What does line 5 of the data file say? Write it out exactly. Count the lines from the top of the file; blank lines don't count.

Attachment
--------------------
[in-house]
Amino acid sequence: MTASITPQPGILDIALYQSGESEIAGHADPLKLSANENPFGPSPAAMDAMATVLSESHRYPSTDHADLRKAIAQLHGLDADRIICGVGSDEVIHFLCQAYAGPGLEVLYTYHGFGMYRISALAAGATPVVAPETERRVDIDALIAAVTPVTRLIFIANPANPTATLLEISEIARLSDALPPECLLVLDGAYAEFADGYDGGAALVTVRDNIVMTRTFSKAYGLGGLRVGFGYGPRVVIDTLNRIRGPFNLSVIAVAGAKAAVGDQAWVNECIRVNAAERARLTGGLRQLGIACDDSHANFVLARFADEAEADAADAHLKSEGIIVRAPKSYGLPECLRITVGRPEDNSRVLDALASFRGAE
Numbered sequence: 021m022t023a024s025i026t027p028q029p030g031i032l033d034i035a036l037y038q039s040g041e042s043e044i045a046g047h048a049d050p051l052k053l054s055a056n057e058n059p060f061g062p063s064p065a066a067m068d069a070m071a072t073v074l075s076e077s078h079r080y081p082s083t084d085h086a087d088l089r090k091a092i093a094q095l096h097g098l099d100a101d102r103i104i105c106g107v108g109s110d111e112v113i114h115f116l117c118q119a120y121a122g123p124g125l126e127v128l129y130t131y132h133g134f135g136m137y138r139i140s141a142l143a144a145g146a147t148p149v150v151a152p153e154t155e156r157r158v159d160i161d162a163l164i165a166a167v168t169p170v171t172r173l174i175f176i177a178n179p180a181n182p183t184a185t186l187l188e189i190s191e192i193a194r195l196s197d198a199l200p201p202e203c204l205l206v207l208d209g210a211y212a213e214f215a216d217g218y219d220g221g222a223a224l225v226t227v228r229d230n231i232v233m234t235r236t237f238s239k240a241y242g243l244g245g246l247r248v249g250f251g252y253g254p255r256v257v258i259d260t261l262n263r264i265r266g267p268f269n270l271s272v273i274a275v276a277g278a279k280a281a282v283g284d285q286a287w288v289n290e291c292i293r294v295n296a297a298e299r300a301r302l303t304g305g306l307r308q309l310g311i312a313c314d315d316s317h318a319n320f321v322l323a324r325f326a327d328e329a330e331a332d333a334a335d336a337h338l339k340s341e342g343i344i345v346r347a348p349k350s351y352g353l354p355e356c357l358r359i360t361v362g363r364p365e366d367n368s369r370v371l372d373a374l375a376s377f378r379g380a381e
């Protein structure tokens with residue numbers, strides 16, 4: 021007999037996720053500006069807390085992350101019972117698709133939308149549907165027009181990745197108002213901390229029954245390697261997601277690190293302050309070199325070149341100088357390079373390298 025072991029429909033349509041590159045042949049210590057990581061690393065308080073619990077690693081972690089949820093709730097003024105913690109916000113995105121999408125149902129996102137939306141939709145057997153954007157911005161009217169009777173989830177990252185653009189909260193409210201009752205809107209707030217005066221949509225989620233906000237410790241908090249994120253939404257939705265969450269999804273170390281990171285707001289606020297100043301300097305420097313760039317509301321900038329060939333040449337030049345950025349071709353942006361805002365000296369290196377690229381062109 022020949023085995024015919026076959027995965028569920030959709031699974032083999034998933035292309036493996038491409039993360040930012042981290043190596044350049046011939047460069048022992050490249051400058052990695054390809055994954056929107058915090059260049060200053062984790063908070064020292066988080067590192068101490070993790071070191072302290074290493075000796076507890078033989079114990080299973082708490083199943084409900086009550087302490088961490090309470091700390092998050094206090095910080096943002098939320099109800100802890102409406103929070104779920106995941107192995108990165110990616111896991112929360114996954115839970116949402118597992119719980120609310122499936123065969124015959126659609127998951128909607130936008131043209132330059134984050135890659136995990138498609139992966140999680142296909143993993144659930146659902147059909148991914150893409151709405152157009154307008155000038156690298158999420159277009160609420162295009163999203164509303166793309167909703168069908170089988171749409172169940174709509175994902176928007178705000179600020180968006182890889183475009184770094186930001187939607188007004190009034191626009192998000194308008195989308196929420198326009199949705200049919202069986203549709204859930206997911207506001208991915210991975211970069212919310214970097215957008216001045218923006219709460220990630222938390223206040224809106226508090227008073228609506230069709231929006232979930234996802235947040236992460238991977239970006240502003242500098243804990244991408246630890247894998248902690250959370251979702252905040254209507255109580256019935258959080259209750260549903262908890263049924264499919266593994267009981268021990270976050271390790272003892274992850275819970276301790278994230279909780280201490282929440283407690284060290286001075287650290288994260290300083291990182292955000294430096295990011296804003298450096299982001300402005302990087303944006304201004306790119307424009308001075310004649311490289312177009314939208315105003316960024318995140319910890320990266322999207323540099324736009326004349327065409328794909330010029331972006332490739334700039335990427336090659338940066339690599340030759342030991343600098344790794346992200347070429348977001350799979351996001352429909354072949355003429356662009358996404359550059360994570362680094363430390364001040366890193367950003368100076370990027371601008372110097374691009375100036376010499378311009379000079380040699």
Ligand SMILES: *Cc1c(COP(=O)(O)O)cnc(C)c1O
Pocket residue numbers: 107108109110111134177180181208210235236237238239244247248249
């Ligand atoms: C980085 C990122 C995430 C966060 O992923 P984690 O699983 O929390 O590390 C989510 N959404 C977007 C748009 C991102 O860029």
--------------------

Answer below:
Ligand SMILES: *Cc1c(COP(=O)(O)O)cnc(C)c1O